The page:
LCD shipments for the first quarter of 2004 were higher than expected, but unit sales are expected to drop in Q2 as a result of rising costs and short supply.
In its latest market report, DisplaySearch said shipments of LCD monitors for Q1 were up by six per cent on the previous quarter and up by 49 per cent on the same period in 2003. Unit shipments of LCD monitors hit 15.8 million, more than 300,000 units higher than previous expectations.
However, Q2 shipment figures are already displaying a higher-than-expected decline, thanks largely to rising prices on certain sizes of LCD and the traditional slowdown in buying patterns for Q2.
"While historically the market has seen traditional seasonal negative growth declines of between one and three per cent in Q2, even in this category - one of the hottest growth categories in IT - continued panel price increases have led to street- price increases in a price-sensitive market," said Chris Connery, vice-president of DisplaySearch.
"This has caused the LCD monitor market to slow more than expected in June, with further weakness expected over the next few months."
However, according to Mike Farrah, senior business manager for audiovisuals and displays at Ingram Micro, Q2 has been a good quarter.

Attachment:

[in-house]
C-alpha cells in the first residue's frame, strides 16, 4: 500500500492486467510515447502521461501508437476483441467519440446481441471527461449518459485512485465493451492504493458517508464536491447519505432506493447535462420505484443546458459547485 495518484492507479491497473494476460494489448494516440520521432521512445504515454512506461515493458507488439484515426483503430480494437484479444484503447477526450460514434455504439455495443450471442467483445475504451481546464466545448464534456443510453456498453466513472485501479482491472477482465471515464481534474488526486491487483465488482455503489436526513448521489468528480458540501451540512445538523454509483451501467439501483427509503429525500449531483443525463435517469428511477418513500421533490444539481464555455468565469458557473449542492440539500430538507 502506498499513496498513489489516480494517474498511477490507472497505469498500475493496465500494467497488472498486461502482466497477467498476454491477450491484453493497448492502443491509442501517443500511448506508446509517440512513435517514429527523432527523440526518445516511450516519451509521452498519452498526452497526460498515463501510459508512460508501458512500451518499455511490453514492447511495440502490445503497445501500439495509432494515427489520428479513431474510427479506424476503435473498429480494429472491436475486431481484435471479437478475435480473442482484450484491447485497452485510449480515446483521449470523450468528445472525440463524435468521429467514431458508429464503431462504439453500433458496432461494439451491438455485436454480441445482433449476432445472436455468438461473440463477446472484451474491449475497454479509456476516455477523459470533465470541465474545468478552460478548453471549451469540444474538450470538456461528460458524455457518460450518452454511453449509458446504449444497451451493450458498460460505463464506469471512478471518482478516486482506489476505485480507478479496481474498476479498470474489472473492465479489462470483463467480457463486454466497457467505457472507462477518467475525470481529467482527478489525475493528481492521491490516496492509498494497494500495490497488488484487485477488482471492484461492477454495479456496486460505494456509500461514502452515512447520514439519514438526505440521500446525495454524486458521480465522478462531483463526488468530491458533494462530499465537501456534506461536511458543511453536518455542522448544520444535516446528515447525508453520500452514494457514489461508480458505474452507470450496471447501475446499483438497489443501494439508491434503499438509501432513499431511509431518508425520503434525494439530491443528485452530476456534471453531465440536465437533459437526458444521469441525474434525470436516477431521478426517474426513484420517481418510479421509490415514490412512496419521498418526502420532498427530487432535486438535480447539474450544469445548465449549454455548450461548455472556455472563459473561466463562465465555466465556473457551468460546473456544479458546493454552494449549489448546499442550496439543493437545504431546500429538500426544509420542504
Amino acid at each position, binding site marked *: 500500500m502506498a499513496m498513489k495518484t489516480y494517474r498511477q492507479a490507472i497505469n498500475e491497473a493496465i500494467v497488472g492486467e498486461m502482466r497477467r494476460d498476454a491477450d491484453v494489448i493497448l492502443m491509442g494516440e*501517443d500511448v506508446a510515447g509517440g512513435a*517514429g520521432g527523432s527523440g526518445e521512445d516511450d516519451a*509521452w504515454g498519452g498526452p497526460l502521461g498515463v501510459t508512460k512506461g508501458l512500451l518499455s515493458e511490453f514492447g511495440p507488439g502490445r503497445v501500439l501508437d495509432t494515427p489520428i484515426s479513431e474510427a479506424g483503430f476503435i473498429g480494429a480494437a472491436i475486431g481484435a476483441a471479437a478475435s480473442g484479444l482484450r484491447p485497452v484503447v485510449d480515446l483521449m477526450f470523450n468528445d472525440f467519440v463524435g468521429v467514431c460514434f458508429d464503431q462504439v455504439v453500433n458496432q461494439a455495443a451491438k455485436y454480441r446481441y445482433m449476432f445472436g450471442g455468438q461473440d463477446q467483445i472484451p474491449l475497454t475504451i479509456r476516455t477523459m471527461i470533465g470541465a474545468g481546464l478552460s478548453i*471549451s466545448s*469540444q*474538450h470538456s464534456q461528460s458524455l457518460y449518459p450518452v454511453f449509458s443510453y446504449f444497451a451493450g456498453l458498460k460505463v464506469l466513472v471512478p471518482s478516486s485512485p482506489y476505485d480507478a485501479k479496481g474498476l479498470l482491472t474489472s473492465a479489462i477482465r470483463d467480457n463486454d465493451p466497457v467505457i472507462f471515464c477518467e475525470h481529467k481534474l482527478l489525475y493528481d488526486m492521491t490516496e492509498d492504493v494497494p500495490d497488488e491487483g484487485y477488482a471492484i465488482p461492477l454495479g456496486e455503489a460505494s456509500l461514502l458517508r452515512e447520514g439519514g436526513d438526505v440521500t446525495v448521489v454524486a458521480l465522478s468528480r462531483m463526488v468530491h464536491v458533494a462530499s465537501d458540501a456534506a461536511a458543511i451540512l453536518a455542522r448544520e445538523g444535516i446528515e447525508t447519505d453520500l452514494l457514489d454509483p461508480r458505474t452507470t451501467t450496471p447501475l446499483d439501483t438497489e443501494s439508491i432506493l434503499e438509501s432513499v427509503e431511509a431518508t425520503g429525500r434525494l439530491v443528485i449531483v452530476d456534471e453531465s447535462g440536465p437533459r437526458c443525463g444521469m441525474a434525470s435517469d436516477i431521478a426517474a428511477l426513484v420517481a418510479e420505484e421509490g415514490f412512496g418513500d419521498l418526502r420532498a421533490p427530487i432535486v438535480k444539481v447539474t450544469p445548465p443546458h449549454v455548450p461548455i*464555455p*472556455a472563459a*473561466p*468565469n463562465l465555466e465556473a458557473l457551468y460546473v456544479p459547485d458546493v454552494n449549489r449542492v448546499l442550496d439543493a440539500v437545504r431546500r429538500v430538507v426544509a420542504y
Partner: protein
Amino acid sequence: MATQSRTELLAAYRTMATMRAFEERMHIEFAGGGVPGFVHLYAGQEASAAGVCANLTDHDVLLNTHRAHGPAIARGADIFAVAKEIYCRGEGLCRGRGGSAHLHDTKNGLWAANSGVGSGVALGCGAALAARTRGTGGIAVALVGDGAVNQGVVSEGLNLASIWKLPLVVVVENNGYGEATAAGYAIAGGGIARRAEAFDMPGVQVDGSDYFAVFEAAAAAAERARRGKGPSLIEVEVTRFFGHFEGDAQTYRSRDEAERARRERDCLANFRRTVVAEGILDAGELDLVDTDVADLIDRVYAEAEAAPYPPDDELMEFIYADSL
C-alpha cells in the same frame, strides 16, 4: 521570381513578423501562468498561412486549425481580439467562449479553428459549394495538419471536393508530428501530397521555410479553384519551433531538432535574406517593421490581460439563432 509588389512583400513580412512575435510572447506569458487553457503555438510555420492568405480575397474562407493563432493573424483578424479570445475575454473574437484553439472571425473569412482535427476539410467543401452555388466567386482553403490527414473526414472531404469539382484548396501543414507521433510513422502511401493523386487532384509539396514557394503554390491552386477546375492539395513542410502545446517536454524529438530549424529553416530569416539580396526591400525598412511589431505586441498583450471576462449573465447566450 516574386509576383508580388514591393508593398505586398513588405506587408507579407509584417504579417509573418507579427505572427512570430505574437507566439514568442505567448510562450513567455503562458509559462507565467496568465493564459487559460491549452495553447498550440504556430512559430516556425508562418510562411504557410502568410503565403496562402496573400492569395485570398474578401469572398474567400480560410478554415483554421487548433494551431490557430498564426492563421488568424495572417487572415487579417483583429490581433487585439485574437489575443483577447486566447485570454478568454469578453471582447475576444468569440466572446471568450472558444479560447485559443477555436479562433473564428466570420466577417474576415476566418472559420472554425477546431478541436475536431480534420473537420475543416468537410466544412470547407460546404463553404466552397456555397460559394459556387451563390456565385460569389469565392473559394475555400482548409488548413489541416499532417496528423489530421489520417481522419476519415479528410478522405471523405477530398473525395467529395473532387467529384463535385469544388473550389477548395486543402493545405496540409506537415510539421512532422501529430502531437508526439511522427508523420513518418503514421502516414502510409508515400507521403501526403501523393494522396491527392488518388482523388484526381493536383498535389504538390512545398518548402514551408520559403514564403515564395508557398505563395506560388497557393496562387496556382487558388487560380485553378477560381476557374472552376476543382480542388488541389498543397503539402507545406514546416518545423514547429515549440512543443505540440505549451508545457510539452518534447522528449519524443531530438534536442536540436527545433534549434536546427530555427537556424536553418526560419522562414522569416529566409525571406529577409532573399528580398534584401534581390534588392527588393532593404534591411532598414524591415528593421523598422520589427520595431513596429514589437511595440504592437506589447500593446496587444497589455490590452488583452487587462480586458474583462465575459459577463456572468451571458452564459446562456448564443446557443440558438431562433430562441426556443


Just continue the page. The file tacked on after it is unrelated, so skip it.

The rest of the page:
"Q2 sales were still good. There was some fall in pricing and products started to free up during the quarter. Products were a lot more scarce in Q1 but now there is no shortage of LCDs," he said.
"The actual cost for manufacturers to produce panels hasn't fallen dramatically, so price decreases have been more to do with trying to get rid of excess stock. That said, new manufacturing plants will be coming online later in the year, which should reduce production costs and lead to some price reductions."
Dell retained its global number-one spot in the LCD rankings, accounting for 16 per cent of all LCD monitors sold in Q1. It lost some market share since Q4 2003, thanks to slowing sales in Europe and other non-US regions.
Continued market expansion and innovation were also noted in Q1, thanks to the growth of standalone monitor vendors such as Samsung, which took back second place from Hewlett-Packard.
According to DisplaySearch, this reflects the fact that more and more attention is being paid to buying a monitor as a separate concern, rather than just being bundled with a newly purchased PC.
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